"A balanced budget is sufficient for now"

Outgoing Flemish Prime Minister Kris Peeters (Flemish Christian democrat) is now in his third day of talks as part of his work to put together a new governing coalition following Sunday's regional elections. Today he met with the social partners (trade unions and employers). On the top of the agenda is an approach to tackling the economic crisis.
This morning Mr Peeters is met with the employers, trade unions and farmers' organisations.
This afternoon Mr Peeters met with the governor of Belgium's central bank, Guy Quaden (photo).

Kris Peeters had also invited a number of professors and economics experts for discussion on how the Flemish government can best tackle the economic crisis. 

He also held talks with Luc Coene of the High Council for Finance (photo above).
This is the first time that governor Quaden is accepting an invitation  from the Flemish government to discuss things.  Mr Quaden gave more explanations regarding the prognoses the national bank has made for the economy.  He did not go into detail about what would be expected from Flanders in terms of extra money to tackle the large national federal debt.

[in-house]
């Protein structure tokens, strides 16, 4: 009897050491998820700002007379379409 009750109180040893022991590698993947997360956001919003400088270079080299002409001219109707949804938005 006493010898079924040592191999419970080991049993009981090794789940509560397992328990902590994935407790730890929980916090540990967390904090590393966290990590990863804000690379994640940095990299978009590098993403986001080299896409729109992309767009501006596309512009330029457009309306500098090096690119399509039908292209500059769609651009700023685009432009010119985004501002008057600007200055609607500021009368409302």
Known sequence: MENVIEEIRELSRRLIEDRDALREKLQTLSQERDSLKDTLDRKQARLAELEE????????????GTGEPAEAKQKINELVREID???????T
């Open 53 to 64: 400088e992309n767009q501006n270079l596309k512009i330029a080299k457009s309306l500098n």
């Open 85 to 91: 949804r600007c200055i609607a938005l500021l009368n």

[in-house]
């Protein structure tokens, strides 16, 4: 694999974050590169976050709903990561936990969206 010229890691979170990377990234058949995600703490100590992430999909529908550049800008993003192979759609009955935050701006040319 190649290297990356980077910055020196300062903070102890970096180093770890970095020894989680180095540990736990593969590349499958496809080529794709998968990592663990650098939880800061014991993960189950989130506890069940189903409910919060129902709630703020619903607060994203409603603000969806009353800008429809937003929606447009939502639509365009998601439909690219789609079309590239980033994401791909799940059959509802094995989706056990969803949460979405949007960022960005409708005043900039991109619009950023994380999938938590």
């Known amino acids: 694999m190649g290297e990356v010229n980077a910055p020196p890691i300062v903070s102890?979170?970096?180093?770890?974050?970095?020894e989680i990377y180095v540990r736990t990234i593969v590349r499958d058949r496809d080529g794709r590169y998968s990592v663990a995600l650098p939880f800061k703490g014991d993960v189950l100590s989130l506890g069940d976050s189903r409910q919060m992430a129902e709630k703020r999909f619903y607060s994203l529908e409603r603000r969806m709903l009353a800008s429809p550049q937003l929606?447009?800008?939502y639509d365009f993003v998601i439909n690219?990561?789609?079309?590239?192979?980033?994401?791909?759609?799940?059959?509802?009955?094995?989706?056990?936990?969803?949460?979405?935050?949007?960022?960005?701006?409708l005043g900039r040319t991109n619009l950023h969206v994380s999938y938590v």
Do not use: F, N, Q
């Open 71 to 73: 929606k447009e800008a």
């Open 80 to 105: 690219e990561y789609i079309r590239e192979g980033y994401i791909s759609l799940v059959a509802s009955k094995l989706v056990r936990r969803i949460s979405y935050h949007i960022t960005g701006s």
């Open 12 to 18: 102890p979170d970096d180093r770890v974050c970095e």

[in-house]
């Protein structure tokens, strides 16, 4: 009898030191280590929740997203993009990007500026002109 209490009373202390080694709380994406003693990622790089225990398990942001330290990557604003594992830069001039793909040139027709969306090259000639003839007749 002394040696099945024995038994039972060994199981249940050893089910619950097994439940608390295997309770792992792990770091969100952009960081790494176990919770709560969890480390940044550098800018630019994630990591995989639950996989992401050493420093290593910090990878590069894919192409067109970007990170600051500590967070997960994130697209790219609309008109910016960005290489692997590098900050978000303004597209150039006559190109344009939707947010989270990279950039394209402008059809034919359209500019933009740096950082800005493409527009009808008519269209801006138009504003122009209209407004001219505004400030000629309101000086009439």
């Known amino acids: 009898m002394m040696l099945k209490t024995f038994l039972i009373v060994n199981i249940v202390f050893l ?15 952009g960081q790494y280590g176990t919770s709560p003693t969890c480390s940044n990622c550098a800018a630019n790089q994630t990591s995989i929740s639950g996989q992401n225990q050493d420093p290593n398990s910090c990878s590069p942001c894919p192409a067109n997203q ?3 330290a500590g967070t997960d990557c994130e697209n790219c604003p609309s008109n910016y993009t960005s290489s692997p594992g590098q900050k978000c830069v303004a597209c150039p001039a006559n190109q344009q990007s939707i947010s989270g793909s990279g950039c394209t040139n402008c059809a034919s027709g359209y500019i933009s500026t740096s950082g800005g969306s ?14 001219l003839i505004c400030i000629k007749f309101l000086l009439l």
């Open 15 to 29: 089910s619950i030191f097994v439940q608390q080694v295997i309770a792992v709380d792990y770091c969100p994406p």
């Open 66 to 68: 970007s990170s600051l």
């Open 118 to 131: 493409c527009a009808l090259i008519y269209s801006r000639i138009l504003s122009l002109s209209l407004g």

"No room for presents such as job bonuses"

The message from employers and SME organisation UNIZO to Mr Peeters is: "The Flemish government must take an energetic and decisive approach to tackling the economic crisis. There is no room for bonuses such as the job bonus," said the director of UNIZO Karel Van Eetvelt (photo above with Mr Peeters).

(The job bonus was an initiative of the Flemish liberal party Open VLD. It is a one off bonus to reward people who work. The Open VLD wanted to double to the bonus, and made it a point of contention in debates preceding the elections.)
UNIZO is a Flemish organisation of Self-Employed and Small and Medium-sized Enterprises (SMEs). UNIZO represents some 85,000 companies, freelancers and small and medium-sized companies.  The organisation provides information and advice to its members and stimulates networking both within Flanders as with foreign companies.